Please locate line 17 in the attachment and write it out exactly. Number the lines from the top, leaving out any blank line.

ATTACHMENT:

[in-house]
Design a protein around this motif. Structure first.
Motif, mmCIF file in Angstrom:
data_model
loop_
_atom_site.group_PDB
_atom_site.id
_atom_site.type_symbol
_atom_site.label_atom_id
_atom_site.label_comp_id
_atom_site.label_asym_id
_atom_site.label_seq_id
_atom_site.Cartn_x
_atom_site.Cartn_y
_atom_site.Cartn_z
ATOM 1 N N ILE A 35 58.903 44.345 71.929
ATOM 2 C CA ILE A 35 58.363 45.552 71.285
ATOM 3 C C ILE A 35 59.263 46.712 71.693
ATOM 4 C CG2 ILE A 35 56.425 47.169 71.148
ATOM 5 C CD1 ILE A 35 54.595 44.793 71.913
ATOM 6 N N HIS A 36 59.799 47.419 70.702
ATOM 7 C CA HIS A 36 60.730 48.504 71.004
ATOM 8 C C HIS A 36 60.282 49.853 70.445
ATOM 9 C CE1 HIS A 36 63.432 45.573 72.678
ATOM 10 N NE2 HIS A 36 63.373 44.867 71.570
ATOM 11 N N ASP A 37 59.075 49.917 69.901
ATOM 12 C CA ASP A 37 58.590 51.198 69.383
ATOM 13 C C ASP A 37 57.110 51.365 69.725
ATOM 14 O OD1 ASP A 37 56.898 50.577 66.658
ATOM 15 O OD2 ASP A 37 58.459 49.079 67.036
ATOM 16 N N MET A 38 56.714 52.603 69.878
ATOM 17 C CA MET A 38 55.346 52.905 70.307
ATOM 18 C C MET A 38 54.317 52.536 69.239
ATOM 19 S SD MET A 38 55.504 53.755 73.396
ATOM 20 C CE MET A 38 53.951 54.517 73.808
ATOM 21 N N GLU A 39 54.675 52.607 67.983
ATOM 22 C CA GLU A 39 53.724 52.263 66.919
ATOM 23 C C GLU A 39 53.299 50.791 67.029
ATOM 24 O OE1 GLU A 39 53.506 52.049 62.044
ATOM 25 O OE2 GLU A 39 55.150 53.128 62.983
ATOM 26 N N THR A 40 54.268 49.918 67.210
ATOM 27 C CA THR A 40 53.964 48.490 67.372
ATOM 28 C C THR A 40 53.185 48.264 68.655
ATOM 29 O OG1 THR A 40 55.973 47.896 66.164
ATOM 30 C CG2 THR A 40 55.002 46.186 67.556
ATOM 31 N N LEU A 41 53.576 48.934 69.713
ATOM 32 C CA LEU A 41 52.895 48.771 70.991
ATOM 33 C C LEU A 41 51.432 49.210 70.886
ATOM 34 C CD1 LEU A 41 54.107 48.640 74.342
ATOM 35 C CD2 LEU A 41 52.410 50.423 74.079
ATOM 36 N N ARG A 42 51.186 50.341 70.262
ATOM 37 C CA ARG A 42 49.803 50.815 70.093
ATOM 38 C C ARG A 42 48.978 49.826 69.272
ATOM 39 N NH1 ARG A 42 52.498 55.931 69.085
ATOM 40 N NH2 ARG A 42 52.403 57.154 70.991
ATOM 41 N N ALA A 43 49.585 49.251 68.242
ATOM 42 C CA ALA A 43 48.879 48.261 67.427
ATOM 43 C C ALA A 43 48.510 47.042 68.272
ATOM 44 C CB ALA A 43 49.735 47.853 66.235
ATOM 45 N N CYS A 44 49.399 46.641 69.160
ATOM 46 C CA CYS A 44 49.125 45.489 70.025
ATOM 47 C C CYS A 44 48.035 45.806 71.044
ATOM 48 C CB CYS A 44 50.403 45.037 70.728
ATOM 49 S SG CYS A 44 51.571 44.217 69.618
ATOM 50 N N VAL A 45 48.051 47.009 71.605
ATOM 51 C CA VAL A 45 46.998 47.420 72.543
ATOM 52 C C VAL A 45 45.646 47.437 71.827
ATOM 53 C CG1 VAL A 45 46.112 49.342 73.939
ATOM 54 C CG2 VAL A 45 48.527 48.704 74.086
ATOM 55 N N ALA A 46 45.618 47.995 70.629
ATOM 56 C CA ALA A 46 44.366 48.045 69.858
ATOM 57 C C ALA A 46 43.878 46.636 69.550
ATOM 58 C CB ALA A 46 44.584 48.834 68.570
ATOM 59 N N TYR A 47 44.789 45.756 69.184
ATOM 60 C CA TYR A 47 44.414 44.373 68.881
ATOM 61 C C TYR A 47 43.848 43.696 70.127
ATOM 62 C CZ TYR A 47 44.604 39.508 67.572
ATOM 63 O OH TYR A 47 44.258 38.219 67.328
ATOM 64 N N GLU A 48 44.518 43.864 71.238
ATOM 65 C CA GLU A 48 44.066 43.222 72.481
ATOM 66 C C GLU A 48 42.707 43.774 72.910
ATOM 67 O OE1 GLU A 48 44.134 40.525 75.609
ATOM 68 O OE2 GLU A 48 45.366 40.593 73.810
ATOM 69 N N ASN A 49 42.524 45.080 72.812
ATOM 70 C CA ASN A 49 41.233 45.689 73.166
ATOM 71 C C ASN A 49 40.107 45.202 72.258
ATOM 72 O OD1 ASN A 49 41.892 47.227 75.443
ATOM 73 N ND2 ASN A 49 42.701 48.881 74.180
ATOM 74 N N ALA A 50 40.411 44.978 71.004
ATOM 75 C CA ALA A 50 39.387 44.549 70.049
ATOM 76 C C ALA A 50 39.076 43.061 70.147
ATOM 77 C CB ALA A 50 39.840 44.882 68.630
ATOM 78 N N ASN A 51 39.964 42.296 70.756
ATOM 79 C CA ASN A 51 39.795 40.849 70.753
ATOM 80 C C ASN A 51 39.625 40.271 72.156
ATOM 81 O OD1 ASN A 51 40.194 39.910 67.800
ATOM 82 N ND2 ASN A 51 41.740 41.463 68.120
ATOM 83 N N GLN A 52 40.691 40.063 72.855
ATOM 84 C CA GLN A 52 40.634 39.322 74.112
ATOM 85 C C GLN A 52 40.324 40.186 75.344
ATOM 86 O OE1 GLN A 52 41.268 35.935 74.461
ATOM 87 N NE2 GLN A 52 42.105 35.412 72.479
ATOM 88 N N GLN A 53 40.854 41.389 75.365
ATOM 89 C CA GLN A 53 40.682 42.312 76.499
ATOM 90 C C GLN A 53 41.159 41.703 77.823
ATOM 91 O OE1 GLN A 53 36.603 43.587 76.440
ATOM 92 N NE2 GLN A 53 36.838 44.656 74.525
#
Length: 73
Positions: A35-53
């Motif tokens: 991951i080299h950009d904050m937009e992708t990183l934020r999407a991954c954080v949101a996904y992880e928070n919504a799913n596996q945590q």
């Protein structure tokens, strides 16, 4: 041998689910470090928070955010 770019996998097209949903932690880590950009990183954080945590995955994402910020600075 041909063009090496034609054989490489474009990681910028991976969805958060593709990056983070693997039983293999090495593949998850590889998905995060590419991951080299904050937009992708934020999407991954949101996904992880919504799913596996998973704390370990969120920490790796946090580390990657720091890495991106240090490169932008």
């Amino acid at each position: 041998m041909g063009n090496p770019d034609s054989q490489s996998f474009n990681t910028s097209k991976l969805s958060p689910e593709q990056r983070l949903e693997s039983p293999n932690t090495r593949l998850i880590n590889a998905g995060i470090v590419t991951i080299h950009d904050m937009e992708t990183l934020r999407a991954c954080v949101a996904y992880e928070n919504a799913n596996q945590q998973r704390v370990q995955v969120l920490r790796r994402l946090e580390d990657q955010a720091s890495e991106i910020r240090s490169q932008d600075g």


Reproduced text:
ATOM 2 C CA ILE A 35 58.363 45.552 71.285